The Ukrainian army is broke and the troops are starving. As Russian troops continue to seize army posts in Crimea, the army is focused on relocating as many as 25,000 troops and citizens from Crimea to Ukrainian mainland, not to mention keeping the Russians at bay as best they can. So a group of ordinary Ukrainian citizens started using Facebook pages to raise tens of thousands of dollars for their starving troops. They’re not raising money to buy weapons but rather basic human necessities like food, clothes and portable generators.
“We also helped our army in Crimea by sending them food, spare parts and so on,” says Youri, who heads up one of the crowdfunding Facebook group. “Not weapons though, they have enough of that.”
After what has been globally perceived as a sham referendum, the Ukrainian government has ceded power over Crimea to Russia. But in the transition, infrastructure like the postal service has not yet been put under the microscope. Youri’s group is taking advantage of that, and they ship supplies through the local post service. “They are not so smart these guys in Crimea,” he says. “They do not check regular post trucks.”
Youri is just a regular Ukrainian guy. He works at a travel company, and he has a wife, kids and even a personal Facebook page. He knew his army needed help, so he started EuroArmyMaydan, which he calls his “second life.” The group has already raised at least $50,000. And it’s not the only one. Youri estimates there to be at least a dozen pages like his.
One Facebook group called On Behalf Of Airmobile Brigade Number 79 is raising money for that specific unit. Reports say the unit was deployed to block the Crimean passages, which makes sense, as they were not stationed very far from there.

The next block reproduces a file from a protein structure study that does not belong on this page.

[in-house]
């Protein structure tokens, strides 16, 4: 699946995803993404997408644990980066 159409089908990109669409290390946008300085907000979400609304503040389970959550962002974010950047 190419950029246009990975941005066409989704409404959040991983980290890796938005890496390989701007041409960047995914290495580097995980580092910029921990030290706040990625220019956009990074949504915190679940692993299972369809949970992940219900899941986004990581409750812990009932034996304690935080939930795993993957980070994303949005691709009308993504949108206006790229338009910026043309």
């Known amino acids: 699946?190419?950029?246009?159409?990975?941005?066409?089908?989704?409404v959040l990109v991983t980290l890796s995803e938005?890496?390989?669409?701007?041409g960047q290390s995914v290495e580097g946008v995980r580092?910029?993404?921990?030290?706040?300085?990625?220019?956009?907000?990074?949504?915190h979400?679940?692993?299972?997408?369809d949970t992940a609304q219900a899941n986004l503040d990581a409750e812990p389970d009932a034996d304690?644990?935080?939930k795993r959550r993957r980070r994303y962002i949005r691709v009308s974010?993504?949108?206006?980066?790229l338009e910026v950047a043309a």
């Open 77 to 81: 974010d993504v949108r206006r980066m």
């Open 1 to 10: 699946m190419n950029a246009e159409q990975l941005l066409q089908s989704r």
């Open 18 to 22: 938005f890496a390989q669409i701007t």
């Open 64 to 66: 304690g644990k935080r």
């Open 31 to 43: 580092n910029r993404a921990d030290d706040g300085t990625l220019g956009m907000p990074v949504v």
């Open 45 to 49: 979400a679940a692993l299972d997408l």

The government is using similar crowdfunding tactics to help the army. The Ukrainian Defense Ministry’s official website is asking for donations, assuring citizens that the “Army will protect everyone but our soldiers need bulletproof vests, armored vehicles and military equipment. In these hard times every person can defend millions of peaceful, beautiful Ukrainians.” The government also started an SMS donation campaign, where Ukrainians could donate about 50 cents by simply texting 565. The ministry announced Thursday that it had already raised more than $2.3 million.
The problem is that all but $1 million of those donations were allocated for “logistical purposes.” That’s where Youri comes in. It’s much easier for groups like his to raise the money, go to the store, buy supplies and ship them to those in need. It cuts out the time-consuming middleman of having budgets approved and finding more legitimate ways of sending the goods. “They have not so much money after the previous president, and they still have to do all with official procedures,” Youri says. “This takes a lot of time, and we can simply takes cars, go to nearest supermarket and buy everything.”